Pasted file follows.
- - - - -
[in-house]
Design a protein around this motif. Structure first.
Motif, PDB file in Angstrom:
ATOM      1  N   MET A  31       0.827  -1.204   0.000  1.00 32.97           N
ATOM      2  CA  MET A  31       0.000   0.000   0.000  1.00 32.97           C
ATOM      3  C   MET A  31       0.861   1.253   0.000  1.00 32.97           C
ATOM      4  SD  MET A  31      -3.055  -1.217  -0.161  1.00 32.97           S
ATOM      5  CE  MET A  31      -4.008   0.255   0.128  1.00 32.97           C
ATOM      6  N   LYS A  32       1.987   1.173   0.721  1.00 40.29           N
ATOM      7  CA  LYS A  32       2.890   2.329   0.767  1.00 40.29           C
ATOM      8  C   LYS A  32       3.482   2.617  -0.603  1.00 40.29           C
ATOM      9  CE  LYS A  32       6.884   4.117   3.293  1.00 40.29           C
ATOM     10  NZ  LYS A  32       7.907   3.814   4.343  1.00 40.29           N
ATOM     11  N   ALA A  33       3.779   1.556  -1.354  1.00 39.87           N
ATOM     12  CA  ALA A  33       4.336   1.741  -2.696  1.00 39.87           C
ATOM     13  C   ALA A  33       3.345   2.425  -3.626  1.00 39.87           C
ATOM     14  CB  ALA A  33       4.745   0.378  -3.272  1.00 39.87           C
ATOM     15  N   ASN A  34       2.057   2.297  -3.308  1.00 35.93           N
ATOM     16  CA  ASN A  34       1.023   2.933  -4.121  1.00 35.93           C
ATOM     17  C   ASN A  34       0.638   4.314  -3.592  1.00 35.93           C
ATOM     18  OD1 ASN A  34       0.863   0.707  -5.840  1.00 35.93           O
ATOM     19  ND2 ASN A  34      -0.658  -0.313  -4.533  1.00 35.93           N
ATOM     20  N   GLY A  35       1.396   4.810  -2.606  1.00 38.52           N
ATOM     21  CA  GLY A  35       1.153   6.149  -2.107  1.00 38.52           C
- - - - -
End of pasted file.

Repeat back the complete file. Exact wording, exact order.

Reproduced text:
[in-house]
Design a protein around this motif. Structure first.
Motif, PDB file in Angstrom:
ATOM      1  N   MET A  31       0.827  -1.204   0.000  1.00 32.97           N
ATOM      2  CA  MET A  31       0.000   0.000   0.000  1.00 32.97           C
ATOM      3  C   MET A  31       0.861   1.253   0.000  1.00 32.97           C
ATOM      4  SD  MET A  31      -3.055  -1.217  -0.161  1.00 32.97           S
ATOM      5  CE  MET A  31      -4.008   0.255   0.128  1.00 32.97           C
ATOM      6  N   LYS A  32       1.987   1.173   0.721  1.00 40.29           N
ATOM      7  CA  LYS A  32       2.890   2.329   0.767  1.00 40.29           C
ATOM      8  C   LYS A  32       3.482   2.617  -0.603  1.00 40.29           C
ATOM      9  CE  LYS A  32       6.884   4.117   3.293  1.00 40.29           C
ATOM     10  NZ  LYS A  32       7.907   3.814   4.343  1.00 40.29           N
ATOM     11  N   ALA A  33       3.779   1.556  -1.354  1.00 39.87           N
ATOM     12  CA  ALA A  33       4.336   1.741  -2.696  1.00 39.87           C
ATOM     13  C   ALA A  33       3.345   2.425  -3.626  1.00 39.87           C
ATOM     14  CB  ALA A  33       4.745   0.378  -3.272  1.00 39.87           C
ATOM     15  N   ASN A  34       2.057   2.297  -3.308  1.00 35.93           N
ATOM     16  CA  ASN A  34       1.023   2.933  -4.121  1.00 35.93           C
ATOM     17  C   ASN A  34       0.638   4.314  -3.592  1.00 35.93           C
ATOM     18  OD1 ASN A  34       0.863   0.707  -5.840  1.00 35.93           O
ATOM     19  ND2 ASN A  34      -0.658  -0.313  -4.533  1.00 35.93           N
ATOM     20  N   GLY A  35       1.396   4.810  -2.606  1.00 38.52           N
ATOM     21  CA  GLY A  35       1.153   6.149  -2.107  1.00 38.52           C